Sep 022015
 
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Round Table / Grimme Institute

On Sept. 2, 2015, social media managers, journalists and educational experts met in the Grimme Institute to exchange experiences on hate speech. They discussed the problems posed by discriminating and degrading hate comments on the Internet and possible (preventive) measures against this phenomenon. “When we started the project last November, we would never have thought that our topic was so up-to-date”, said Aycha Riffi, one of the heads of project of the German BRICkS section. The current debates about the refugees’ admission to Germany caused some extremely abusive comments following newspaper and social media articles.

To start off the debate the participants watched a video by the Lithuanian Centre for Human Rights, which reveals that hate speech not only hurts those people, it directly attacks.

His research in closed facebook groups exposed Pascal Hesse from the German Journalist’s Union DJV to discussions in which like-minded people kindle their shared extremist thoughts before taking them to public discussions. Stephan Rathgeber, who monitors the comments for local newspaper websites in the northern Ruhr area, showed some examples of comments he had to deal with. He summed up his colleague’s perspective on the issue: “This is a completely new task for journalists.”

Aude Gensbittel

Aude Gensbittel

Many of the meeting’s participants have to deal with hate speech in their daily work. Aude Gensbittel who works for Deutsche Welle African Department said that the editors choose their articles on certain topics very carefully in order not to cause hate speech, for instance on homosexuality.

After this general exchange about their experiences with hate speech the participants discussed the guidelines for combating hate speech developed in the BRICkS workshop in Brussels earlier this year. It surfaced that the differences between proprietary platforms like newspaper sites and social media platforms call for different approaches. Creating a certain commenting culture on Facebook is eventually more difficult than within one’s own community. Marie Huchthausen / Business Academy Ruhr explained the importance of developing a sensitivity for what sort of platforms discussion take place on and for the suitable guidelines for publication. She recommends developing a social media strategy that incorporates an agenda for dealing with hate speech, which considers the temporal capacities one has for managing them. This agenda should fit with the general tone of the organisation’s online appearance. A research institution, for example, can counter hate speech with scientific arguments, whereas a satirical website can also throw in a snappy remark. Furthermore, different platforms offer different possibilities for monitoring hate speech. On Facebook, for example, it is possible to hide comments or change their order, if the last resort of deleting them is not (yet) an option.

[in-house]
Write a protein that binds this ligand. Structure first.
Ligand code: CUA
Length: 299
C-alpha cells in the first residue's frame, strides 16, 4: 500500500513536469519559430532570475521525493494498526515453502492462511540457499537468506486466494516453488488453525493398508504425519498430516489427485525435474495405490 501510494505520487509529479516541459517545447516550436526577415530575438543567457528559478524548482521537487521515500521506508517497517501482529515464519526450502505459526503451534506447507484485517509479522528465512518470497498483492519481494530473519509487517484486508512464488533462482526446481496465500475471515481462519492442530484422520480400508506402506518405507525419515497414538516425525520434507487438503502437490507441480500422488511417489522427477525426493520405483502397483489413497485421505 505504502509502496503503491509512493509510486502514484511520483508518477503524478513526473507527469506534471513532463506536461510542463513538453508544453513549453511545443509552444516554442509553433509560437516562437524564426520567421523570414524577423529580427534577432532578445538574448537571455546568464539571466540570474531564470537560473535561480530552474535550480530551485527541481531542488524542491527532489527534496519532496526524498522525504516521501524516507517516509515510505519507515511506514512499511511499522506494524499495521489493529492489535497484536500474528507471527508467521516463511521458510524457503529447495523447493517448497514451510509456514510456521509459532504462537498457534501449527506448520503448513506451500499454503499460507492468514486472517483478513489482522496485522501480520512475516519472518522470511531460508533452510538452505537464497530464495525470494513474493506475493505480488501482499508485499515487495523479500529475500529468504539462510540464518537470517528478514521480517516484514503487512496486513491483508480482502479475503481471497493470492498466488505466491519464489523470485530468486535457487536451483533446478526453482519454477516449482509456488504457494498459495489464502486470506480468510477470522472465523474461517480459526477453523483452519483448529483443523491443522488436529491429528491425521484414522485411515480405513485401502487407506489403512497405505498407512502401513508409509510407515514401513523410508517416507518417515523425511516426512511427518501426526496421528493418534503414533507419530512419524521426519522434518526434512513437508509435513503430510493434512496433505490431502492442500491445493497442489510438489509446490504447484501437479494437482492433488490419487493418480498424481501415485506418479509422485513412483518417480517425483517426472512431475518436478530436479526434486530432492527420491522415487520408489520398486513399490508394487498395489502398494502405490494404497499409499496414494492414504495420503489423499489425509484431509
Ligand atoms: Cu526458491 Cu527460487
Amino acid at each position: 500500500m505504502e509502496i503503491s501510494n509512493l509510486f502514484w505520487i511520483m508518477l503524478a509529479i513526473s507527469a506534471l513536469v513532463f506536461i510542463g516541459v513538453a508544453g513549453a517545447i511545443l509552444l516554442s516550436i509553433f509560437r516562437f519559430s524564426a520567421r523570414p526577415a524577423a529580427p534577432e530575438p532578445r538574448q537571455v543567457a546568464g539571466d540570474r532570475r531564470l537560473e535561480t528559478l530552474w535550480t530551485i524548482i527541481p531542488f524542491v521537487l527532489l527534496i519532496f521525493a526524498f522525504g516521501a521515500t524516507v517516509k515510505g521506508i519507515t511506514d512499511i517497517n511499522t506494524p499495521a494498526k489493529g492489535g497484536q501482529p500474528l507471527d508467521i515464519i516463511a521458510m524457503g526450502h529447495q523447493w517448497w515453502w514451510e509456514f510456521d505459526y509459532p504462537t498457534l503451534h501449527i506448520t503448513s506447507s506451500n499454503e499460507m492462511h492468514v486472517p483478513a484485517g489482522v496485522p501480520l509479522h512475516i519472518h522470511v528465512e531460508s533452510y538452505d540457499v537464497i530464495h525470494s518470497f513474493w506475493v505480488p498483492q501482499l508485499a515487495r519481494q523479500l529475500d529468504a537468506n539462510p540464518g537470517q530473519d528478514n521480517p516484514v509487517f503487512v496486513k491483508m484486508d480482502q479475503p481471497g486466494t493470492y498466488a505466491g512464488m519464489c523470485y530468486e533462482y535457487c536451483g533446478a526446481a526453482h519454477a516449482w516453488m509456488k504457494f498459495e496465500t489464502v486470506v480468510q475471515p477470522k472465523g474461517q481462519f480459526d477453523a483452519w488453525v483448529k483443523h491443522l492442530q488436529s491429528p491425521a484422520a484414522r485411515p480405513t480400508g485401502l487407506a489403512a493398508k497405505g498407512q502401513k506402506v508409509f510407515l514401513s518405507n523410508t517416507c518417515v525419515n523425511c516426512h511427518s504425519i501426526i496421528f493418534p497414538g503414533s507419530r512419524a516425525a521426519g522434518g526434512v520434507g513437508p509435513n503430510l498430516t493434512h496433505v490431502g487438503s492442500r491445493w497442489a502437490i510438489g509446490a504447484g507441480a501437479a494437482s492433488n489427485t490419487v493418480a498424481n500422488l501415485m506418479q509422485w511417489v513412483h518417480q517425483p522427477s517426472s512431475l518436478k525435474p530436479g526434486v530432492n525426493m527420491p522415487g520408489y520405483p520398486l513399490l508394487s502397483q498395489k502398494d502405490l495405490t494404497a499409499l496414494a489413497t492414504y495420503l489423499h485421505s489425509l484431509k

Lars Grässer and Pascal Hesse

Lars Gräßer and Pascal Hesse

The differences in young people’s online behavior in comparison to adults were also discussed. A general shift from written to audiovisual communication was perceived by many of the media experts. The importance of youtube for youth culture as well as the emergence of live-streaming apps like Periscope also reflects this trend. Furthermore, the participants agreed that young people are tougher than adults when dealing with online hatred. However, cases of primary school children overwhelmed by online threats also surfaced in the debate. This highlights the importance of projects like BRICkS that work towards a better atmosphere in online discussions. Therefore, the experts agreed that work like this prevents the emergence of “tomorrow’s trolls”.

The German partners of the BRICkS project plan to use the methodology of Digital Storytelling to raise awareness for the topic of hate speech. Head of project Guido Kowalski introduced the participants to the idea of creating a kind of interactive story with multiple alternative endings. The story itself follows the rules and dynamics of a computer game and shows the user the consequences of each of his or her actions. The stories shall be produced by the projects target group (young people in schools and youth centres) who are instructed by the BRICkS trainers. This kind of stories can easily be published on the internet and the templates and tools can be downloaded from the project’s website for the use of others too.

During the second round table teachers and youth workers were addressed and asked for their opinion on the idea. The response was very positive and so the participants began to plan the next practical steps in implementing the project.

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